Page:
Textile designers create patterns for woven, knitted, and printed fabrics. This profession requires creativity and a good knowledge of visual arts, to conceptualize attractive designs, besides technical knowledge of textile production, scientific understanding of the properties of specific dyes, fibers, and yarn, and knowledge of complicated computer-based programs to perform the design work. Textile designers find jobs in apparel companies and wholesalers.
Another popular career path is architecture. Architects use their creativity in designing attractive buildings that are in harmony with the environment and are pleasing to the eye. Their work, however, remains grounded in the scientific principles of structural engineering, ergonomics, and civil engineering. They remain responsible for the structural integrity of the building, efficient planning of spatial places, optimal utilization of space, and proper layout of doors, windows, air conditioners, lighting, and other fittings, besides the appearance. Most architects are either self-employed, work in architecture firms or with large builders.
Who is responsible for designing and creating the appliances in your kitchen, or the car you drive? This work was most likely done by an industrial engineer. This job can be a very creatively satisfying career as it combines artistic design with engineering to create functional and beautiful finished objects. You may be employed by a manufacturer, but industrial designers can also work as contractors for clients.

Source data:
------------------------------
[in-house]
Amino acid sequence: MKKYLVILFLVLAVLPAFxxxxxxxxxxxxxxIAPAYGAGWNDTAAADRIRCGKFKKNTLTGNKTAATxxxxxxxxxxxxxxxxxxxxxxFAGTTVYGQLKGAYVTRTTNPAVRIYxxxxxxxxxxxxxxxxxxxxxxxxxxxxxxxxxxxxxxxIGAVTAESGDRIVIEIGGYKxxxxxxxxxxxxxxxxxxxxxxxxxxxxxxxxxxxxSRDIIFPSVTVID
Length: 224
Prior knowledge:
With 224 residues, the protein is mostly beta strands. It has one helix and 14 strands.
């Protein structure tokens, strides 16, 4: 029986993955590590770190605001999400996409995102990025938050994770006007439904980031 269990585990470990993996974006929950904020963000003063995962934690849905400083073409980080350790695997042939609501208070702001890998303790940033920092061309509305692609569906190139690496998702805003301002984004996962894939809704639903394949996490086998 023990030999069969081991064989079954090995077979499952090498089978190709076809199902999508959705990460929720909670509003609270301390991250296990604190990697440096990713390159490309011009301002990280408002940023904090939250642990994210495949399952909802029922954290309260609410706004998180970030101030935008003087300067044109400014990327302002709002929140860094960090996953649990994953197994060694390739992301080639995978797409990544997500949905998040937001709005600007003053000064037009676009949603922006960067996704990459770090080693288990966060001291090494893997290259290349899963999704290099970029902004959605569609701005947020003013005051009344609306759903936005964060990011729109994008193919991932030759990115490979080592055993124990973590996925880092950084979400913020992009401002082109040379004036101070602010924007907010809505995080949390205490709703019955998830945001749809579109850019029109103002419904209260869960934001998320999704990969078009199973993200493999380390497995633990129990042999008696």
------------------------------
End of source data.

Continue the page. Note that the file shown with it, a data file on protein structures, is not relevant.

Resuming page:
Web Development & Design
This field of work is high in demand and expected to grow. Web developers create websites and are responsible for the technical aspects, as well as the finished look. This job combines computer science and information technology as well as knowledge of design and can be a great choice for someone who loves both computers and art. Web developers can work for the government or a private company or be self-employed.
Scientific Magazine & Journal Publishing
Editing, especially scientific books and journals, is another career path combining art and science. The editor requires creativity to visualize good pitches as well as write, and will also need an artistic touch to conceptualize a good layout and page design. The editor also needs good knowledge of scientific principles to ensure that the content remains error free, and the work adheres to established conventions. The requirement of scientific knowledge also extends to the need to use advanced and highly technical desktop or electronic publishing software, scanners, and other electronic communications equipment.
Bureau of Labor Statistics. “Occupational Outlook Handbook 2010-11.” Retrieved from https://www.bls.gov on 09 March 2011.
Careers and Education in Scientific Illustration - https://www.gnsi.org/science-illustration/careers-ed
Industrial Design - https://www.bls.gov/ooh/arts-and-design/industrial-designers.htm
Information Security Analysts, Web developers and Computer Network Architects - https://www.bls.gov/ooh/computer-and-information-technology/information-security-analysts-web-developers-and-computer-network-architects.htm#tab-3